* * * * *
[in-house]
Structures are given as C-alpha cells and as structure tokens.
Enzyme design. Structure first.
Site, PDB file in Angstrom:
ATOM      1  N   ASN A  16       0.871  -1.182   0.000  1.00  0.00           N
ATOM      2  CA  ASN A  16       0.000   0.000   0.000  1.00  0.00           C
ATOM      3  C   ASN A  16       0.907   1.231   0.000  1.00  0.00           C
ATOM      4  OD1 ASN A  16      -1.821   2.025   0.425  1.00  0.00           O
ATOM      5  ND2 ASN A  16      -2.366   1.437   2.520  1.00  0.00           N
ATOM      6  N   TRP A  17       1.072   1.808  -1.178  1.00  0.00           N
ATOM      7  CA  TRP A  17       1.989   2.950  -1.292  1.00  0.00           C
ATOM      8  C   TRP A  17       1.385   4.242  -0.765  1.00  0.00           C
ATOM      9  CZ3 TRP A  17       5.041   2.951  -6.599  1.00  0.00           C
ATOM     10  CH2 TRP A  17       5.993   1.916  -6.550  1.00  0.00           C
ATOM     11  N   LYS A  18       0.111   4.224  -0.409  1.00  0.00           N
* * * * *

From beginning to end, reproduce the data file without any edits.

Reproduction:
[in-house]
Structures are given as C-alpha cells and as structure tokens.
Enzyme design. Structure first.
Site, PDB file in Angstrom:
ATOM      1  N   ASN A  16       0.871  -1.182   0.000  1.00  0.00           N
ATOM      2  CA  ASN A  16       0.000   0.000   0.000  1.00  0.00           C
ATOM      3  C   ASN A  16       0.907   1.231   0.000  1.00  0.00           C
ATOM      4  OD1 ASN A  16      -1.821   2.025   0.425  1.00  0.00           O
ATOM      5  ND2 ASN A  16      -2.366   1.437   2.520  1.00  0.00           N
ATOM      6  N   TRP A  17       1.072   1.808  -1.178  1.00  0.00           N
ATOM      7  CA  TRP A  17       1.989   2.950  -1.292  1.00  0.00           C
ATOM      8  C   TRP A  17       1.385   4.242  -0.765  1.00  0.00           C
ATOM      9  CZ3 TRP A  17       5.041   2.951  -6.599  1.00  0.00           C
ATOM     10  CH2 TRP A  17       5.993   1.916  -6.550  1.00  0.00           C
ATOM     11  N   LYS A  18       0.111   4.224  -0.409  1.00  0.00           N